By: Rich Buley

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Released on January 15, 2016 via Communicating Vessels

Naming your second album after a fourth century female Greek philosopher is certainly not typical behaviour for artists associated with shoegaze. In a genre where urban ennui (Nowhere, for example), wistful melancholy (Just For A Day) or blissed-out euphoria (Everything’s Alright Forever) tend to be the themes of choice, it is perhaps a deliberate attempt by this Birmingham, Alabama three piece to position themselves as something more than the latest in an unbelievably long line of recent wall of sound revivalists.

Wray emerged a couple of years ago with a self-titled debut album that had as much in common with the hypnotic sonic mantras of Loop as it did the shimmering soundscapes of Slowdive. In fact , despite its promise, the record eventually lacked true identity, with the band never truly nailing their colours to the psych/krautrock mast, nor sailing off into a shoegaze sunset.

Hypatia is different. Wray have taken a definitive and possibly unexpected step in the direction of hook-laden post punk, imbued with a dark energy but bursting forth with crystalline guitars. Think early Cure maybe, or more recent exponents of goth-tinged, melodic indie rock, such as The Domino State and The Foreign Resort. The sparkling vitality of DIIV’s debut album also comes pleasantly to mind. There is an exuberant swagger to a lot of the twelve tracks on show here, which does indeed take one’s listening experience far beyond the fragmented noise and buried vocals of a lot of third-rate MBV clones knocking about these days.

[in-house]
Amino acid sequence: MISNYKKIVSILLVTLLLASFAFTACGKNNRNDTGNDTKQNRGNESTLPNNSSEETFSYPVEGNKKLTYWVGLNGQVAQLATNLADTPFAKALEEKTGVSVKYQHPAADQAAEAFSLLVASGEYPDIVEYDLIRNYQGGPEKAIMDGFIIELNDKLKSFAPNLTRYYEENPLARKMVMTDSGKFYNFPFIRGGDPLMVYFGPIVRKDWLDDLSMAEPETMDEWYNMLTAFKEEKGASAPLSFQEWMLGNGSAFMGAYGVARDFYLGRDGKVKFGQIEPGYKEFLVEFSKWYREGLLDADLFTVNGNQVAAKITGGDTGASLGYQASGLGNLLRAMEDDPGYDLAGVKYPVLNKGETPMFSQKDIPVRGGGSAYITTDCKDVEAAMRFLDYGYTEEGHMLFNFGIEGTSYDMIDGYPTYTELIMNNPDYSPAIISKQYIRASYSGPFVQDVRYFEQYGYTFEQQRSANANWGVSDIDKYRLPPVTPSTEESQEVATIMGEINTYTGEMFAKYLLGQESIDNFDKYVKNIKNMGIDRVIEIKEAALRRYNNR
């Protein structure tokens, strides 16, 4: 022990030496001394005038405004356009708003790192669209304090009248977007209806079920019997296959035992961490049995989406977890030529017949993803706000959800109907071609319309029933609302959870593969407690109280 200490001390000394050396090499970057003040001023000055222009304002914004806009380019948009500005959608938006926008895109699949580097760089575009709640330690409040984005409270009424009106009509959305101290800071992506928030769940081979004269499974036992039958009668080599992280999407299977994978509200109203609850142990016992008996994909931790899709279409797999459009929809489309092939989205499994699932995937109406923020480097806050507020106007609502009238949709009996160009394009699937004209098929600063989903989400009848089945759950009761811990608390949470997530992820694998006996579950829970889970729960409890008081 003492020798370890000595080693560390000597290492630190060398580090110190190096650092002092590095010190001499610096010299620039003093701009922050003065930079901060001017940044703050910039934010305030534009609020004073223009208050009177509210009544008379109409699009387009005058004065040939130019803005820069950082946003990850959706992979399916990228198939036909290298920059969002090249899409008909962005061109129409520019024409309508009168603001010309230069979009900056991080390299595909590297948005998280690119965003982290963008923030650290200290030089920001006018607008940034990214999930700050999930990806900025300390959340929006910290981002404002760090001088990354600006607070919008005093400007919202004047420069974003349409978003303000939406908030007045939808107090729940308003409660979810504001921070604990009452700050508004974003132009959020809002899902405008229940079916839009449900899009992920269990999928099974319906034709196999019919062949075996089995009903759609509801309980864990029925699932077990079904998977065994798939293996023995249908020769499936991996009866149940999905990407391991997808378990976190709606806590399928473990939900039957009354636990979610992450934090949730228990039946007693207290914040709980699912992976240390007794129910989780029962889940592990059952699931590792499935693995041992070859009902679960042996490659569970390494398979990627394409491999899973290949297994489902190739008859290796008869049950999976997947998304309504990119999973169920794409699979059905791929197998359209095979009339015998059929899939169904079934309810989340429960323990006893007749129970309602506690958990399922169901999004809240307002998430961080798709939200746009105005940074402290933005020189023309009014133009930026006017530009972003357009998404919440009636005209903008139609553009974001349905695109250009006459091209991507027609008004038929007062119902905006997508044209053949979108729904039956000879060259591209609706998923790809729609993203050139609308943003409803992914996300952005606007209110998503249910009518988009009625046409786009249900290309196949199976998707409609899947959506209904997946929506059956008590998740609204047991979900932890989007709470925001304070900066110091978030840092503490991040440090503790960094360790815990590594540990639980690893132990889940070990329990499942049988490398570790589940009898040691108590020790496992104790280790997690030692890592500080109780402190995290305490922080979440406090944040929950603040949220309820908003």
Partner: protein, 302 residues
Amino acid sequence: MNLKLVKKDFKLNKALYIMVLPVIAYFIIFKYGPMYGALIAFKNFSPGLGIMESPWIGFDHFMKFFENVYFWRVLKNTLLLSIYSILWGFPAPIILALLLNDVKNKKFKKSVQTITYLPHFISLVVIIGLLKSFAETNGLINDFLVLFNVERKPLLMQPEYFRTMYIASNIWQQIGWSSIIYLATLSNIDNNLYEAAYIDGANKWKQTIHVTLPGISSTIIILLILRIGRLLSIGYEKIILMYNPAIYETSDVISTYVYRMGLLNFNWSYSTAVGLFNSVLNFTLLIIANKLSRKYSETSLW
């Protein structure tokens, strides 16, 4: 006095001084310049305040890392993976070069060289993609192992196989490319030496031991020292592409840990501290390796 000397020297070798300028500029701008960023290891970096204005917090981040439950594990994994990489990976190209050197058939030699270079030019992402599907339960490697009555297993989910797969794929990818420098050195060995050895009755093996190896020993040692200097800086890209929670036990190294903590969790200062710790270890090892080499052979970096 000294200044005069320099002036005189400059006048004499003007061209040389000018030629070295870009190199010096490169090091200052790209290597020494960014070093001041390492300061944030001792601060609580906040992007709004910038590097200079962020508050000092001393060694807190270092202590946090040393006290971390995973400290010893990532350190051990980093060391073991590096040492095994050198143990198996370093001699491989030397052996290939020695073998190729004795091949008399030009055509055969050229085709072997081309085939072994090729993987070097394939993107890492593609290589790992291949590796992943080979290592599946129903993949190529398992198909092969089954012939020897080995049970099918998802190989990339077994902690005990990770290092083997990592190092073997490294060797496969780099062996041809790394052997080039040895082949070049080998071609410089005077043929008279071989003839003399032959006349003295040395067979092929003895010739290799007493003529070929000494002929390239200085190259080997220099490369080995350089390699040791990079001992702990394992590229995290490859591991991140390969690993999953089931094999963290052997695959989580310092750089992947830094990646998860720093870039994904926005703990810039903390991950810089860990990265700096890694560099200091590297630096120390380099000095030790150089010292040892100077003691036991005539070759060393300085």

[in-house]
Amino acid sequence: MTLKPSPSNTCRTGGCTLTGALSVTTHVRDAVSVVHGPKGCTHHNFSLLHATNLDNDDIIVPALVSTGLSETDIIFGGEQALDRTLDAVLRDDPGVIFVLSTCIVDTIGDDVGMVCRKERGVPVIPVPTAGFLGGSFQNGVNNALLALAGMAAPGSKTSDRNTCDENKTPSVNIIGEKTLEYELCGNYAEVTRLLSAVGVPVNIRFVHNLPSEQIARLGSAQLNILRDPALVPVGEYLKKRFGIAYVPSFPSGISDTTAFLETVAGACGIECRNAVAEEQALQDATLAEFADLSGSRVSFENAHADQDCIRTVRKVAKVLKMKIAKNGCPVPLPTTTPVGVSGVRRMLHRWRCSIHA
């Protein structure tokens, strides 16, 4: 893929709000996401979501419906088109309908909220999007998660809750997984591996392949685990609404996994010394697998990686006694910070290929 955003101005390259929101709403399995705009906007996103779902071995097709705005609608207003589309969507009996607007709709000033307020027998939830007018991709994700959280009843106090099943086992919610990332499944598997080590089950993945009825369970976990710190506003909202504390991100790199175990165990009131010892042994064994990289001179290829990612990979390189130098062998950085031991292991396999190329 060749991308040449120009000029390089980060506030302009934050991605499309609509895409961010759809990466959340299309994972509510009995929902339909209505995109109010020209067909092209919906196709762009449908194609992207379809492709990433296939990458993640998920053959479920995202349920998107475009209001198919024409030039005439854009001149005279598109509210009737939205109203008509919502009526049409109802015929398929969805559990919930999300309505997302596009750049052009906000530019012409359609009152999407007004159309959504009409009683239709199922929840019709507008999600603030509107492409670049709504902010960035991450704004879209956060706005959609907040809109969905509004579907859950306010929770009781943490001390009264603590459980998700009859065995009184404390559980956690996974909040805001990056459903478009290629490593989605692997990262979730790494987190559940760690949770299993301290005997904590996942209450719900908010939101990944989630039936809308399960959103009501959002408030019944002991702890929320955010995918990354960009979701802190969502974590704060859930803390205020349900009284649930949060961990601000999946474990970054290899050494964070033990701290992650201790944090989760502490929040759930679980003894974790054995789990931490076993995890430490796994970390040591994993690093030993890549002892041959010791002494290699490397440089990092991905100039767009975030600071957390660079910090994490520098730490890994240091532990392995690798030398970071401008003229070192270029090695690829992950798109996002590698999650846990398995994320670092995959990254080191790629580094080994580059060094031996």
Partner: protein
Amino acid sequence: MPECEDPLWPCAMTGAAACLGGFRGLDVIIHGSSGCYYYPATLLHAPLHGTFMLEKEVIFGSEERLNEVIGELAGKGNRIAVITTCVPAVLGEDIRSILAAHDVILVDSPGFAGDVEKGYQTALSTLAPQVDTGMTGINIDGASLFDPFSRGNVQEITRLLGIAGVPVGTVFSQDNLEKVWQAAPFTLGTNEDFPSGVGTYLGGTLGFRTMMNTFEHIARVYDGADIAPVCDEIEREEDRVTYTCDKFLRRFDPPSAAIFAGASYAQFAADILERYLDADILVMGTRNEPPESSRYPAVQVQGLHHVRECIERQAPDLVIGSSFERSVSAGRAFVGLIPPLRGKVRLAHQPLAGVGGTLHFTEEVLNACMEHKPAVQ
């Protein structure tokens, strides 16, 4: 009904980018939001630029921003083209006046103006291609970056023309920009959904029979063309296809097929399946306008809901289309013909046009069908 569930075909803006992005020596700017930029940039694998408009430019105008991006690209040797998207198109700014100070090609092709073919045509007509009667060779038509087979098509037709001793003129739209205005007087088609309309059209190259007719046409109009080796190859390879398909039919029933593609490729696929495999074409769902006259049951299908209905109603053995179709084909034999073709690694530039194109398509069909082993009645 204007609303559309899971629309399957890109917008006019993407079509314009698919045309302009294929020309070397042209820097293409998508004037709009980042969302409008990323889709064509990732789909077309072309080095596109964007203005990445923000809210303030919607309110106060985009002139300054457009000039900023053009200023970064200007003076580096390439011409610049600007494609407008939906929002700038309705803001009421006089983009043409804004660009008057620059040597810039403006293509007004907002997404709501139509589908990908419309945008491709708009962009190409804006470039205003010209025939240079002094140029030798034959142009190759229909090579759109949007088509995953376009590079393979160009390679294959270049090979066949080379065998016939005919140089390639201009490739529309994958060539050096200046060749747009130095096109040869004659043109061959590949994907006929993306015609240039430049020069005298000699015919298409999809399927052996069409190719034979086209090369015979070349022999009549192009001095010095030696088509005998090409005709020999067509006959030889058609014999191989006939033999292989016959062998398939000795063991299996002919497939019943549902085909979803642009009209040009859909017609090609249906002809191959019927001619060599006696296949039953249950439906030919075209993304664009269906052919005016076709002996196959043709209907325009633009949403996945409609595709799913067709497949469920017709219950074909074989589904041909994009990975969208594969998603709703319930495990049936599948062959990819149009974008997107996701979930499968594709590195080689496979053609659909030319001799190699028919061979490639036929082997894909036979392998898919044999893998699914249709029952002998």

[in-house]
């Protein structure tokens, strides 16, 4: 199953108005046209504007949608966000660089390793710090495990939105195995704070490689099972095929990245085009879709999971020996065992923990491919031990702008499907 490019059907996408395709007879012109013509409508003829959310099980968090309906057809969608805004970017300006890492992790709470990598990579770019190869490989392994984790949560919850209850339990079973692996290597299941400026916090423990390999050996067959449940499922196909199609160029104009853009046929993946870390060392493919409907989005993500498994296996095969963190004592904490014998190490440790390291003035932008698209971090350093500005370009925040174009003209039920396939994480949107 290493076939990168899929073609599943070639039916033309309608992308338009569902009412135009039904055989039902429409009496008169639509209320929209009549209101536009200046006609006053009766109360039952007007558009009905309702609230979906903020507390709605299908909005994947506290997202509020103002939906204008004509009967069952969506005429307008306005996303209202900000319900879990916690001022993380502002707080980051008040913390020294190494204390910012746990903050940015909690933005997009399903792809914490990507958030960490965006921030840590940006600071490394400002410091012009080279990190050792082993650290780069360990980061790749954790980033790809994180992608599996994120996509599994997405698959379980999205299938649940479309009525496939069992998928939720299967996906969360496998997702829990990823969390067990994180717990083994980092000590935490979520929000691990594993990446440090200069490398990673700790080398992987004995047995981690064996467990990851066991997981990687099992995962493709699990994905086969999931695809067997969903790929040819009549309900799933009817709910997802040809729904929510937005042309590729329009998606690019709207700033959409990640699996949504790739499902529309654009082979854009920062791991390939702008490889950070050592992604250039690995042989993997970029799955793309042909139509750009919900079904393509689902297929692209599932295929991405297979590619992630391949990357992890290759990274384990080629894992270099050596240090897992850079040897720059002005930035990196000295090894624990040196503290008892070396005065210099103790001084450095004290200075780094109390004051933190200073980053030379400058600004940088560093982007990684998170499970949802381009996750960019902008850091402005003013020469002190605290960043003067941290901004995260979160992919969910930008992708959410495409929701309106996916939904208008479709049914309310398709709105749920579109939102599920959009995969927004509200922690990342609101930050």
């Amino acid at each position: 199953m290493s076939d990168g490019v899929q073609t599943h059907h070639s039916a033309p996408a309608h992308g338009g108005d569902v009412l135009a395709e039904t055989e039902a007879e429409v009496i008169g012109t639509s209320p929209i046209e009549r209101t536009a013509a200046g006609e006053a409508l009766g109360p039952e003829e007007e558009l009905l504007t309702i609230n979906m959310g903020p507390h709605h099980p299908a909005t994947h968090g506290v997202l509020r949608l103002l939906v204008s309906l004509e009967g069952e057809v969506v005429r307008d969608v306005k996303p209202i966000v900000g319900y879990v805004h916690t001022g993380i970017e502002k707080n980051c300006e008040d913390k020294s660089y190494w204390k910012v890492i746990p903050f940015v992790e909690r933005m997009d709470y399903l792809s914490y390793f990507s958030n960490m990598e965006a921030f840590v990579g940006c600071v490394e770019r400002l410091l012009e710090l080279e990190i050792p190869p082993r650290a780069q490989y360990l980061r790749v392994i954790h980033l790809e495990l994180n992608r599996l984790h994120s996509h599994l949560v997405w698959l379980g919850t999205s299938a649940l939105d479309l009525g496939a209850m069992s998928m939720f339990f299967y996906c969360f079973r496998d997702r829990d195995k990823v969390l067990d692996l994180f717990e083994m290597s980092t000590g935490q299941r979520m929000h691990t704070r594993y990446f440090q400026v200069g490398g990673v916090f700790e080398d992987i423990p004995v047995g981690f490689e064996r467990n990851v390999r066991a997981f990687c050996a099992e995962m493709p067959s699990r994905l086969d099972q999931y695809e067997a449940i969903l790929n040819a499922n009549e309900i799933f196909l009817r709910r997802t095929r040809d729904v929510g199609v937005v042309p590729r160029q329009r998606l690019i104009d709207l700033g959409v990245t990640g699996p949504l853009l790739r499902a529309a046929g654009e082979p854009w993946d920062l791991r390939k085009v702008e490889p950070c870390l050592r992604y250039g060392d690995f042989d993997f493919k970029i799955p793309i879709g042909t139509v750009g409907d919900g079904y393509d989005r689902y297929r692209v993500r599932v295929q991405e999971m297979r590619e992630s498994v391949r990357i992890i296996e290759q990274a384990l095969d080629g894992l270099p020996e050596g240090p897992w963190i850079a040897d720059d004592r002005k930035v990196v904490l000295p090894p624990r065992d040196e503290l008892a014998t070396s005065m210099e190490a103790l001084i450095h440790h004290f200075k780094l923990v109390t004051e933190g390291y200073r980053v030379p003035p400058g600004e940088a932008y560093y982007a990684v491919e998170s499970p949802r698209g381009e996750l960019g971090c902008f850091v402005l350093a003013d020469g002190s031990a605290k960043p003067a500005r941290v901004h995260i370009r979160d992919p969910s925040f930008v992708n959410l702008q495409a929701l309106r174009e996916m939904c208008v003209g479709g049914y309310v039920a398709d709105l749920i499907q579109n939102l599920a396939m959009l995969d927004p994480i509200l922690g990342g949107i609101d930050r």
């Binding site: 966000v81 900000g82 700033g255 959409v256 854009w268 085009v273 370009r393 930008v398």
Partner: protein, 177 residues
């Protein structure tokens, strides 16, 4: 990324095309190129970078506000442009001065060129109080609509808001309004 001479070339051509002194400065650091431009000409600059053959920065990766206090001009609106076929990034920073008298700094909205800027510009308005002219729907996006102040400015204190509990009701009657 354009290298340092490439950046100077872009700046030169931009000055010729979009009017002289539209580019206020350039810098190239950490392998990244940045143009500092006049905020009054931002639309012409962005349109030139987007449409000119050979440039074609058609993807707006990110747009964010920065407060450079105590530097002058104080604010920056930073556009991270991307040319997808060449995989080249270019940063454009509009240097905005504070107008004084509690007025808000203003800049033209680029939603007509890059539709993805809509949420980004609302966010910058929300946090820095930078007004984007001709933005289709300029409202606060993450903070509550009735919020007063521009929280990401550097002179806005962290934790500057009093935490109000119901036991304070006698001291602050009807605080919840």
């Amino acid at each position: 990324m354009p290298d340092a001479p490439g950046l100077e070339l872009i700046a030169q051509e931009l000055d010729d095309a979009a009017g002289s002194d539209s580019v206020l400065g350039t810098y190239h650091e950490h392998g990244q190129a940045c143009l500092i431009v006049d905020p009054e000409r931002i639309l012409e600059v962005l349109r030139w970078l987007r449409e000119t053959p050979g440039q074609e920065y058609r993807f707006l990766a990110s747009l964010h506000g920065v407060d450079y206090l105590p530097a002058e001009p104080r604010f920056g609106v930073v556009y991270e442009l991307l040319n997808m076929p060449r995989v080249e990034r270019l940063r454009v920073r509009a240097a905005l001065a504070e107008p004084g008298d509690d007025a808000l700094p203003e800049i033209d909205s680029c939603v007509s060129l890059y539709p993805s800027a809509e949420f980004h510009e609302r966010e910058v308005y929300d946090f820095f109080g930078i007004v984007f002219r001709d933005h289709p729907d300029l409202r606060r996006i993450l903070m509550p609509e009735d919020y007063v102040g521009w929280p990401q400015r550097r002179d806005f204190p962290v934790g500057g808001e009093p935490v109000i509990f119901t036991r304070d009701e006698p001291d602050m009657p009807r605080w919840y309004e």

Things begin serenely and rather gorgeously with the gentle chimes and washes of ‘Below’, with David Brown’s blissful, velvety vocals the perfect accompaniment. It fades out in under three minutes, which is a shame, but we move quickly into the cascading chords and motorik chug of ‘Giant’ and the title track, an elegant, excellent lead single, with a compelling finale. The guitar work and enigmatic style of The Wedding Present comes to mind on tracks like ‘May 23rd’ and ‘Regular’. It cannot be often that a band from the deep South has sounded so convincingly like they’re from the murky industrial north, swapping continents mid-sentence, but I guess you could also point at the blustery chic of New Yorkers Interpol as another touchstone of Wray’s delivery.

The extended, semi-psychedelic wig-outs from their debut are conspicuously absent, although the short-lived instrumental ‘Diamond Gym’ does perhaps briefly hint at the fact that their playful, experimental side is only stifled temporarily. But brevity is very much the name of the game here, with the whole lot swirling out in just over thirty eight minutes. Wray sound more driven, focused and energetic as a result, and have produced a follow up album that, with the right level of exposure in the correct places, has enough depth and conviction to propel them into the mainstream.

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